A convicted murderer who was the prime suspect when an elderly woman was raped and had her throat cut behind Turlock's Sacred Heart Catholic Church more than 20 years ago was sentenced to a second term of life in prison without the possibility of parole Friday.
There was little fanfare as Stanislaus County Superior Court Judge Ricardo Córdova pronounced judgment, and the outcome of the case won't change much for 44-year-old Arthur Sanchez, who has spent the past two decades behind bars.
But the resolution may bring some closure to the daughters of Mary Martha Odermatt, whose partially clothed body was found at 7:35 a.m., Aug. 11, 1986, covered in blood. A plea deal eliminates the possibility of a death sentence, something the devout Catholic opposed. Sanchez pleaded no contest to the rape and murder of Odermatt in January.
"She would want her attacker, Arthur Sanchez, to be repentant and remorseful, so she could meet him in heaven," daughter Agnes Green of Turlock said in a letter to the court, which a prosecutor read aloud during a short sentencing hearing. "May he make amends so justice can be served."
Odermatt, 65, was a cook at Sacred Heart School and arrived at church early each day to prepare the altar for Mass. When the authorities found her body, her throat had been slashed and a rag was stuffed in her mouth.
Sanchez, who lived nearby and walked to work at the Valley Fresh restaurant in Turlock, was an immediate suspect. Months later, he was arrested and tied to violent attacks on three others:
The Aug. 31, 1986, stabbing death of 16-year-old Angela Turnbough of Keyes. Her partially clothed body was found on the floor of her bedroom, with a knife through her throat.
The Oct. 6, 1986, rape and stabbing of a 25-year-old woman who was attacked at her apartment on Scenic Drive in Modesto. She broke free and staggered outside, collapsing on a sidewalk.
The 1982 rape of a woman who was attacked near the county library in Modesto. She had been carrying her 17-month-old daughter, had car trouble and was looking for a phone to call for help.
The district attorney's office dropped the death penalty in 1988, when Sanchez pleaded guilty to murder, attempted murder and rape. He was sentenced to life in prison without the possibility of parole.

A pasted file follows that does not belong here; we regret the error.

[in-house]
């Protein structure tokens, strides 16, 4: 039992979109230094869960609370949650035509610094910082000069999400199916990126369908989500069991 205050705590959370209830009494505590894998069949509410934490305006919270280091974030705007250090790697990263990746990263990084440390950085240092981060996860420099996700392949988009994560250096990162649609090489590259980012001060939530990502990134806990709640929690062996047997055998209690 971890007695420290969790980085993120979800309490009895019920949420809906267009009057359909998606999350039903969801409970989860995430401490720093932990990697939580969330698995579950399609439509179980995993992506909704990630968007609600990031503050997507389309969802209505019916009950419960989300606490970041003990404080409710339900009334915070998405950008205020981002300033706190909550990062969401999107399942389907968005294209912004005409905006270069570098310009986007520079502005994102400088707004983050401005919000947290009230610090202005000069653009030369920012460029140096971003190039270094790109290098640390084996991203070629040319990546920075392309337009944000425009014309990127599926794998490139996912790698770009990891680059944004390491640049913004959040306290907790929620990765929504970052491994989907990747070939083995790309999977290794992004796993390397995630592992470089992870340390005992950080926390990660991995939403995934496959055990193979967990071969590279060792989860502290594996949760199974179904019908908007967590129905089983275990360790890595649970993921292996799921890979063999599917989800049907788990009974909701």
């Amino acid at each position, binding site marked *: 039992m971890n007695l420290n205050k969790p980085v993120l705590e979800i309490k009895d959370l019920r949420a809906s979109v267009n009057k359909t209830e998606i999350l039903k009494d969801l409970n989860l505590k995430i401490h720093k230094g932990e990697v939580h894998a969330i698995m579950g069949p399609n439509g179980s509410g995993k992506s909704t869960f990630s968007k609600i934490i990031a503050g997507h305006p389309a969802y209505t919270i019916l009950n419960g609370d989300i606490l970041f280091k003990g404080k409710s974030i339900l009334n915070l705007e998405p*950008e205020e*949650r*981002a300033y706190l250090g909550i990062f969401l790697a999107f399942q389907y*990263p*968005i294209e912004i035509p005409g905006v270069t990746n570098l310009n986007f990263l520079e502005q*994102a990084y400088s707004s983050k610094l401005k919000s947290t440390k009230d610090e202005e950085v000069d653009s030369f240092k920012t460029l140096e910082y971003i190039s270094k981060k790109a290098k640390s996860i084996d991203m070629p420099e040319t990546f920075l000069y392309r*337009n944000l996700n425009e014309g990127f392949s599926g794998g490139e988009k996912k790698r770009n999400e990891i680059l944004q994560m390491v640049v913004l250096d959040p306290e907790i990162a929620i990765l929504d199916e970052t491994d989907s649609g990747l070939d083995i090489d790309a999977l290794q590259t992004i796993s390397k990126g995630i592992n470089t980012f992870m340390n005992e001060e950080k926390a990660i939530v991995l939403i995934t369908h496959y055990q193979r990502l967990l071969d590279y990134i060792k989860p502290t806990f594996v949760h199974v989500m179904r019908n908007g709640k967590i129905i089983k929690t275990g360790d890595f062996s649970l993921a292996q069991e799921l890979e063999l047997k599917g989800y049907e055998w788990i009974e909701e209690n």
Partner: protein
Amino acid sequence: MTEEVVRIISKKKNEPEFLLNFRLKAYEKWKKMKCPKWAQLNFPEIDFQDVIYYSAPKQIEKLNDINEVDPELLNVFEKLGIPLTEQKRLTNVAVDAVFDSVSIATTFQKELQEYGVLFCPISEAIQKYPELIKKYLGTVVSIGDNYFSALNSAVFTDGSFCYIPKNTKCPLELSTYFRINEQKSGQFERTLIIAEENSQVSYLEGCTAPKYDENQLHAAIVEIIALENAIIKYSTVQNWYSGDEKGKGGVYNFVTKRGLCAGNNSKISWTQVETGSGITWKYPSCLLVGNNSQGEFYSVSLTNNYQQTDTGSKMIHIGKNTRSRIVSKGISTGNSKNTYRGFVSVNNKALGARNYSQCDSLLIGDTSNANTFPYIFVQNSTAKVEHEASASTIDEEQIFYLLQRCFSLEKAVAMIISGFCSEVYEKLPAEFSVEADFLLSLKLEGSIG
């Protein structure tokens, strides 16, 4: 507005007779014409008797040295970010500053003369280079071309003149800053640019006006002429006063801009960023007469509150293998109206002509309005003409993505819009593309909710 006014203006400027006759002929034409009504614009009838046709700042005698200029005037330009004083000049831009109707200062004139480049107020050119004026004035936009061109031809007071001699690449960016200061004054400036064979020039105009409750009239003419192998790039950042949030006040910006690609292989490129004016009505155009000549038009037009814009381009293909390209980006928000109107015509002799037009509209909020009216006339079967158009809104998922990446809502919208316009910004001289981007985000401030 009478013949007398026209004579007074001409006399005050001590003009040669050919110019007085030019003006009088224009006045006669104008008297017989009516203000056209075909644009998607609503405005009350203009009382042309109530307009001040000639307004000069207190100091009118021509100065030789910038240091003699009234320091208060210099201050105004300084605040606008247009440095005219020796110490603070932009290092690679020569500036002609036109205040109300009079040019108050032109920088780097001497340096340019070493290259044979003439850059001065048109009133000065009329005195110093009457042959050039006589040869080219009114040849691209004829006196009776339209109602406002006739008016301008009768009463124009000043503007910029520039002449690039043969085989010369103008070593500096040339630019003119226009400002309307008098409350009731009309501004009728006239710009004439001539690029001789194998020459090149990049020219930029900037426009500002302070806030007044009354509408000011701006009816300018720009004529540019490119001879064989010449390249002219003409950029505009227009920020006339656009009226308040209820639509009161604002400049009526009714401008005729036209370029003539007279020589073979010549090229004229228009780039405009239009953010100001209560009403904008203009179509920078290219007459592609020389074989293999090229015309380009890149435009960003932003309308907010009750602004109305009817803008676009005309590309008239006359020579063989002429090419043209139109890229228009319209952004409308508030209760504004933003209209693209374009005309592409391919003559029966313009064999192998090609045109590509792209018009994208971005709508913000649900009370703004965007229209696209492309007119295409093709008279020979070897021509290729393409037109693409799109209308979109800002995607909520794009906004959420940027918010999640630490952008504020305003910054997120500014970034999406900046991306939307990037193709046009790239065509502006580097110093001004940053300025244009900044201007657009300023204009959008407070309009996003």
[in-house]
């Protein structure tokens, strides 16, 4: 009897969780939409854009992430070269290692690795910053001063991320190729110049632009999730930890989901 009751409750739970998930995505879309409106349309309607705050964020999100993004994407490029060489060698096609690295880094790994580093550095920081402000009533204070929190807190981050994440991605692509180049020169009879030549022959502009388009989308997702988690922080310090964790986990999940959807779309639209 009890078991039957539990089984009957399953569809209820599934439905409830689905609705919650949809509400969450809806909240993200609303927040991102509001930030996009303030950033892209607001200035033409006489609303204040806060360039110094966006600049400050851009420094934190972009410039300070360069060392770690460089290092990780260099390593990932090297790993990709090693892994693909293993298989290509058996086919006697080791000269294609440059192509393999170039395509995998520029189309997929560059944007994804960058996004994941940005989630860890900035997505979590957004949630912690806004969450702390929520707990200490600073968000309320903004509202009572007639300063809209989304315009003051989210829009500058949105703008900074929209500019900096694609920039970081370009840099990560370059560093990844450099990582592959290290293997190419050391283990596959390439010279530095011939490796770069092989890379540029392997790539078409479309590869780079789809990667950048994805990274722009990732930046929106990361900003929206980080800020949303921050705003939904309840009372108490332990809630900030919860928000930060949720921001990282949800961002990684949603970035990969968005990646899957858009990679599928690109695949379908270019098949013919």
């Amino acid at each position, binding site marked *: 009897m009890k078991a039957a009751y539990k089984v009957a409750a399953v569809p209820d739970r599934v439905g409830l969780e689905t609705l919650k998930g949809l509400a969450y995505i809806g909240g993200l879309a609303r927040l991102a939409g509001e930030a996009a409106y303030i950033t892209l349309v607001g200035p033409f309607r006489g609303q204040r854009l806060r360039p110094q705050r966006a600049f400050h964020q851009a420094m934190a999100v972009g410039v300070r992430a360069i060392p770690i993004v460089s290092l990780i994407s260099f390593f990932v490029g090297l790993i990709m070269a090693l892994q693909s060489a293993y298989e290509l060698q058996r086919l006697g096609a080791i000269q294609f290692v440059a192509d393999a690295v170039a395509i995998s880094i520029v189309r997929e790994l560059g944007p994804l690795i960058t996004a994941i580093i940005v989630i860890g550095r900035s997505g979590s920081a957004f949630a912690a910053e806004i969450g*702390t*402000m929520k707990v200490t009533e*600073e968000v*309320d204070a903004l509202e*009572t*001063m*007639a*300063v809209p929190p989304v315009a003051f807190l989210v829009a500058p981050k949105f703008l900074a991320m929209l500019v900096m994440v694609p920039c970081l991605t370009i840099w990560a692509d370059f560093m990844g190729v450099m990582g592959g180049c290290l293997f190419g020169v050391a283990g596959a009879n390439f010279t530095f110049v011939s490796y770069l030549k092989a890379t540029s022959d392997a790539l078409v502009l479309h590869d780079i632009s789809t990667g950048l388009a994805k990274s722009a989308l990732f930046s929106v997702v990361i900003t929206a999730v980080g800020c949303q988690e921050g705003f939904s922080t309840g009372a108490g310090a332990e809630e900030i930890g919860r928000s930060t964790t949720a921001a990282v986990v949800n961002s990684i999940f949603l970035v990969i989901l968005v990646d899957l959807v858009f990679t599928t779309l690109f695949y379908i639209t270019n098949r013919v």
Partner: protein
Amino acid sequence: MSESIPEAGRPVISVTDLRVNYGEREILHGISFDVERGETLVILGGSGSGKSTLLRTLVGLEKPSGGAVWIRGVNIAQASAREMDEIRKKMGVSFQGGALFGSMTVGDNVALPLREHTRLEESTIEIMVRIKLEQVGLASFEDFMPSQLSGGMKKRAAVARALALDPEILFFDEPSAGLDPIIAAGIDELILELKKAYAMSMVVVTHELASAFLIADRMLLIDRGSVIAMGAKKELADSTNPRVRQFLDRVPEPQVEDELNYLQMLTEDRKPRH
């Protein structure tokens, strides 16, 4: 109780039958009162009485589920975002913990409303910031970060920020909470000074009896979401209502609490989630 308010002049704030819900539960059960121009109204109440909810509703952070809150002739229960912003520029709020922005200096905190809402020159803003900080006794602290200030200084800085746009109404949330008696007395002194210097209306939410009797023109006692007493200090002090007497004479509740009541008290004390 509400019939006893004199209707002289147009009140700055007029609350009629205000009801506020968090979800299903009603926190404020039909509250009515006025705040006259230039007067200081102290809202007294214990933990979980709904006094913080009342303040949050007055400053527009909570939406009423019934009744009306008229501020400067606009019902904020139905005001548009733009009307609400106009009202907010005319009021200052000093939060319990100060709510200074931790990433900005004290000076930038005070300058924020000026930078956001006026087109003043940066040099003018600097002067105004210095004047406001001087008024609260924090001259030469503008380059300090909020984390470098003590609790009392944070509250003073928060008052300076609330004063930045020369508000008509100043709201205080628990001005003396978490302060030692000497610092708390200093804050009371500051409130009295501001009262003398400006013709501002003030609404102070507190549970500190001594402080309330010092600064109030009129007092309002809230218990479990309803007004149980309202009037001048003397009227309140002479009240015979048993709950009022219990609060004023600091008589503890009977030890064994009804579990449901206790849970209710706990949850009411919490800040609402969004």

The police said inconclusive lab results made it impossible to charge Sanchez with Odermatt's murder.
Two DNA tests in fall 2002 -- an analysis that was not possible in the mid-1980s -- tied Sanchez to Odermatt's murder. According to court records, a detective resubmitted evidence after he took a class on solving cold cases.
Nearly two years later, then-District Attorney Jim Brazelton charged Sanchez with Odermatt's murder, announcing he would handle the case and seek the death penalty. Deputy District Attorney Thomas Brennan took over after Brazelton retired in July 2005.
In January, Brennan dropped the death penalty in return for Sanchez's no contest plea. He said the chances of persuading a jury to hand down a death sentence two decades later was not strong enough to justify the emotional strain the case would have placed on Odermatt's family.
Defense attorney Martha Carlton-Magaña said a plea deal is the appropriate outcome, because Sanchez is a changed man and does not deserve to be executed. Although Sanchez now is legally blind, he is known for sophisticated drawings done on paper with a 3-inch pencil, which is all that he is allowed because of security regulations. For the past several years, his work has been included in Penumbra, an annual art and literary journal published by California State University, Stanislaus.
Dennis Merino, a chaplain who worked with Sanchez at Folsom State Prison, said he volunteered to serve as a character witness when Sanchez was charged with Odermatt's murder, because Sanchez is a quiet man who is at peace with himself and has come to terms with an abusive childhood.
Merino, of Pollock Pines, said Sanchez, also known as "Running Horse," was his clerk for several years, helping with prayer services for American Indian inmates.
Sanchez doesn't remember his crimes, the chaplain said, but he acknowledges his guilt and knows he must spend the rest of his life in prison.
"The man today does not deserve to be executed," Merino said.
Bee staff writer Susan Herendeen can be reached at firstname.lastname@example.org or 578-2338.